Fourth, Americans understand that we have more important priorities. Our national debt is a growing threat to our future prosperity and security. We’d be wise to focus on it rather than a desolate corner of a ruined country half-way around the world that matters very little to our safety or prosperity. And as our new National Security Strategy emphasizes, great powers such as China should receive more of an attention than fourth-rate powers in the Middle East. Instead, we stay mired in the Middle East, an area of declining strategic importance. The Chinese must be laughing at us: we talk up the threat they pose but focus our attention on minor issues and are unable to extricate ourselves from unwise commitments. Again, Trump gets it instinctually, noting Monday night that: “the two countries that are most disappointed that we’re leaving are China and Russia because they love that we’re bogged down and just watching and spending tremendous amounts of money instead of continuing to build our forces.”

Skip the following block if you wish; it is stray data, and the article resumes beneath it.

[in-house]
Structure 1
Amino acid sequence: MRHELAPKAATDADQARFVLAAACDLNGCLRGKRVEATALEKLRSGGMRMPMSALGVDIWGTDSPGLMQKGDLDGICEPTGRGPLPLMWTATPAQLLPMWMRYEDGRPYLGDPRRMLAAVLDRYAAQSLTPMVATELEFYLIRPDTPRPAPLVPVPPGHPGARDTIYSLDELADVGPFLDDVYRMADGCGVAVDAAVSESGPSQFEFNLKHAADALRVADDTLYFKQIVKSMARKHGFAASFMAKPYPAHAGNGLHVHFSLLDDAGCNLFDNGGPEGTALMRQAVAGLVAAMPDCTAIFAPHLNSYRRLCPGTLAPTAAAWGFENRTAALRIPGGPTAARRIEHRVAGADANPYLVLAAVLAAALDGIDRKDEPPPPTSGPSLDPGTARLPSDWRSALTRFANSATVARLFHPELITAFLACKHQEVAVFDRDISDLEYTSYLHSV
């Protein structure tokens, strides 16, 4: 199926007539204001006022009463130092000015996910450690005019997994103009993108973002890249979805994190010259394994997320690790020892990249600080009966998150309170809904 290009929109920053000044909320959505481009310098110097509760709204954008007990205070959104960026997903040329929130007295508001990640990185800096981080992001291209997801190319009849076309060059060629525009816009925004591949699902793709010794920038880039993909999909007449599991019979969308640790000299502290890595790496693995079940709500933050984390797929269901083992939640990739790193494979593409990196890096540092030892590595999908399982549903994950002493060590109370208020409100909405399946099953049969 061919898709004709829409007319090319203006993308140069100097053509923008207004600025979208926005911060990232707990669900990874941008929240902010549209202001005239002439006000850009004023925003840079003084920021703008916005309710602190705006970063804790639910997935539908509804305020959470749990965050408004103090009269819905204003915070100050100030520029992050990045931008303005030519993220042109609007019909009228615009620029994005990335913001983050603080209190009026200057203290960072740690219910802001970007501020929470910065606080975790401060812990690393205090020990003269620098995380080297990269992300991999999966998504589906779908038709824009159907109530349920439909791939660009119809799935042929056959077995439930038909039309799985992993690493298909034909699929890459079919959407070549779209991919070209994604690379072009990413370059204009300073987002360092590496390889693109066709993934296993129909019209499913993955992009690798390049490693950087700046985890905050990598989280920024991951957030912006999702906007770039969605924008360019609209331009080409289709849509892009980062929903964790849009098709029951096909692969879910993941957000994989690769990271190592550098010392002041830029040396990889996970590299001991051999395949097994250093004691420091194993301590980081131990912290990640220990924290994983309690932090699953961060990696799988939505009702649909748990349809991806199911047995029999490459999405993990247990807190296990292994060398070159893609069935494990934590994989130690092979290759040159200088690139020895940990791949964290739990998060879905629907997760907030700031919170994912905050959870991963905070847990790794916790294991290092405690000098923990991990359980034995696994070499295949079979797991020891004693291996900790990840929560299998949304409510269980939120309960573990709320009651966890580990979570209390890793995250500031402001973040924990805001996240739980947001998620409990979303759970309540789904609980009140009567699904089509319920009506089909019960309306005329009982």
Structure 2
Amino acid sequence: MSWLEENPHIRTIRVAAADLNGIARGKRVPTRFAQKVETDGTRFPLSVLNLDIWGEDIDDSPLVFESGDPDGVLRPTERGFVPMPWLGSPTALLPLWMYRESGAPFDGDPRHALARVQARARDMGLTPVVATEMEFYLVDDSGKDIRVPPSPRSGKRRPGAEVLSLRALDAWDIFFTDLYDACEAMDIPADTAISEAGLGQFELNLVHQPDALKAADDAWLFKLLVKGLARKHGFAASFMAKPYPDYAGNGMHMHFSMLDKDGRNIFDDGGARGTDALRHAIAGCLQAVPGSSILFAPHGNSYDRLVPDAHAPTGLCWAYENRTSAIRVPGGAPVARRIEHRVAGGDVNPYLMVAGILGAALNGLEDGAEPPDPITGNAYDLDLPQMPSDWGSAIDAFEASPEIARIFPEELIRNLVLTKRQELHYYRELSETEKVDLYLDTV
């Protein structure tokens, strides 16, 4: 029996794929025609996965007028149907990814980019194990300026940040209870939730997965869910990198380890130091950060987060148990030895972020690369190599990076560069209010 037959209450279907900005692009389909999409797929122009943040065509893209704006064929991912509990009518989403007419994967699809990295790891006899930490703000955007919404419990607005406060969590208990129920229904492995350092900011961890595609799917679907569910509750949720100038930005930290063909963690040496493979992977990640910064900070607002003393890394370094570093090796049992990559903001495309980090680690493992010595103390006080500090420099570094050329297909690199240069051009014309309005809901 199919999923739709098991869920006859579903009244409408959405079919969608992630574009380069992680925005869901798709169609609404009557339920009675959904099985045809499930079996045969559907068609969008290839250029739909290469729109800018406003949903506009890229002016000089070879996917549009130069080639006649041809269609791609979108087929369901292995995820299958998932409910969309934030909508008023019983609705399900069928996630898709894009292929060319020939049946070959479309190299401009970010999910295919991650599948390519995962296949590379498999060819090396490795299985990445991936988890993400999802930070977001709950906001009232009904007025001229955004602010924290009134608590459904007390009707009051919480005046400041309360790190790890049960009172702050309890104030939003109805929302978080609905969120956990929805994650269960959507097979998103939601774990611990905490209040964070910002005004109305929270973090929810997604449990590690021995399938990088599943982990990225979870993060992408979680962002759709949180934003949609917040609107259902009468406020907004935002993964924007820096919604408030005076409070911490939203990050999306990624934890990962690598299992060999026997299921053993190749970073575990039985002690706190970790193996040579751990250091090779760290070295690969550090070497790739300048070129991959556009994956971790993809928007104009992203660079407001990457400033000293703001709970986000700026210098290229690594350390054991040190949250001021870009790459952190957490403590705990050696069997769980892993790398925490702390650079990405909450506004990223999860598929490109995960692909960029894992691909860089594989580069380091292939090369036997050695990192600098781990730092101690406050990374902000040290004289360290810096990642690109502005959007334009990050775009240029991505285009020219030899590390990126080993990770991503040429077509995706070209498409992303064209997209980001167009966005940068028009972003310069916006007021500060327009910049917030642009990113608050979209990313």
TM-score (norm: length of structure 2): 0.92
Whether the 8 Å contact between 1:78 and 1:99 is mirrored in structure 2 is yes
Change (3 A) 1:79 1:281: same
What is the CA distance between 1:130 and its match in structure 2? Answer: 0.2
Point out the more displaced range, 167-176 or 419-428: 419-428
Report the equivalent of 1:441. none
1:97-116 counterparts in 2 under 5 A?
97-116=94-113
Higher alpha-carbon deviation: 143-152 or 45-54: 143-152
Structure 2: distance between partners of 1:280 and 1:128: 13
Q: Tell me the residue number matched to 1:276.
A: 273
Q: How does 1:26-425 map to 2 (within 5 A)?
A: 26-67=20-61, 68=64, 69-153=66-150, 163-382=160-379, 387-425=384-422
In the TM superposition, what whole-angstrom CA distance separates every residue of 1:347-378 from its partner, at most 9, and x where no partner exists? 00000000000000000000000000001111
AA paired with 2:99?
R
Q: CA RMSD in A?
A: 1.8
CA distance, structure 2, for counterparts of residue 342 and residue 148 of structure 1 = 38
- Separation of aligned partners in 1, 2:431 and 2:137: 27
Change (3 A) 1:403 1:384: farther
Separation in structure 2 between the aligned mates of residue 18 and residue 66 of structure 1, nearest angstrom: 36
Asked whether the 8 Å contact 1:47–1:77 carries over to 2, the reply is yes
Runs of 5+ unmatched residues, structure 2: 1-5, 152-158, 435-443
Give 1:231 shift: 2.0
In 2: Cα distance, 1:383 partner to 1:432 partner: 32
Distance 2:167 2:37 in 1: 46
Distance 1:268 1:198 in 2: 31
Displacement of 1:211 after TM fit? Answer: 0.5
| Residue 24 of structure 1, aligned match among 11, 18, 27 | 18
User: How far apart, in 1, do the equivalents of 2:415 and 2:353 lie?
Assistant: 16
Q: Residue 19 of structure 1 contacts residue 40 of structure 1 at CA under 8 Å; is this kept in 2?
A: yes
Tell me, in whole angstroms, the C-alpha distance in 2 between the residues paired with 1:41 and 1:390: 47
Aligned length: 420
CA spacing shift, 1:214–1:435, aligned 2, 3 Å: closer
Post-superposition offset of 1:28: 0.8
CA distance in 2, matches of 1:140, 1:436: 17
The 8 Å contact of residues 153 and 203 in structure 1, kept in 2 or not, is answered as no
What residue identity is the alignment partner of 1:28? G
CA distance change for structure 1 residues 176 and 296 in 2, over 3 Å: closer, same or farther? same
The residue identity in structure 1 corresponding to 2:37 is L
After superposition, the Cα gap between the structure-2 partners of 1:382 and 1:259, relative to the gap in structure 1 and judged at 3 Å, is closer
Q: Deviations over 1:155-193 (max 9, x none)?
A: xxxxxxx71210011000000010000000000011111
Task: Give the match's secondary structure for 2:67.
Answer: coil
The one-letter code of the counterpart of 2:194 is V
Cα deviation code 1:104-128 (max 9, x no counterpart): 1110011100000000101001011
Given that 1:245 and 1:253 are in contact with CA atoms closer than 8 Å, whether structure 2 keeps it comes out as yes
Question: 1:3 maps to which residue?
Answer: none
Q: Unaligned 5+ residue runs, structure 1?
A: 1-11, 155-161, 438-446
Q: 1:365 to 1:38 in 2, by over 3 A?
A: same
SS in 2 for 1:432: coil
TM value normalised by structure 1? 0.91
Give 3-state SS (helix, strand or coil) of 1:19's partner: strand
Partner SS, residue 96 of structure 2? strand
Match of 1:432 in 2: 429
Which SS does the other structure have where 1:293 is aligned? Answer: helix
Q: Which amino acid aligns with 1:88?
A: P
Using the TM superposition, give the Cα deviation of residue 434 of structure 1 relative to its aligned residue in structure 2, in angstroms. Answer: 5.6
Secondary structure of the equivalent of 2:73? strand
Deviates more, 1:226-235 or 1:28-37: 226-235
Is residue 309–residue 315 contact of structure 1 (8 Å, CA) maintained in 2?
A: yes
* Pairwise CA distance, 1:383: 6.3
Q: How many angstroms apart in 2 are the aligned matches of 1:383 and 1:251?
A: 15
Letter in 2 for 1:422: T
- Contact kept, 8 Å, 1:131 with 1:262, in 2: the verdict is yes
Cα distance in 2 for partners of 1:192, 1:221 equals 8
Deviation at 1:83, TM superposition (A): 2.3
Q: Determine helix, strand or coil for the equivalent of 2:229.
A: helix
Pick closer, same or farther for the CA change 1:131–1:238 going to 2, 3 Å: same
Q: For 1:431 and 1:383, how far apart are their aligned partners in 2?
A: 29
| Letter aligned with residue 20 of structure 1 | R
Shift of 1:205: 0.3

And lastly, this is good policy and good politics. Polling shows that our Middle East wars are not popular. And Trump himself understands he made a campaign promise that he’d be unwise to violate: “I fully understand both sides of it. But I campaigned on the fact that I was going to bring our — our soldiers home, and bring them home as rapidly as possible.”
The Syria pullback is a good first step. Let there be many more on the road out of the Middle East.
William Ruger is the Vice President for Research and Policy at the Charles Koch Institute. He is also a veteran of the war in Afghanistan.
The views and opinions expressed in this commentary are those of the author and do not reflect the official position of The Daily Caller.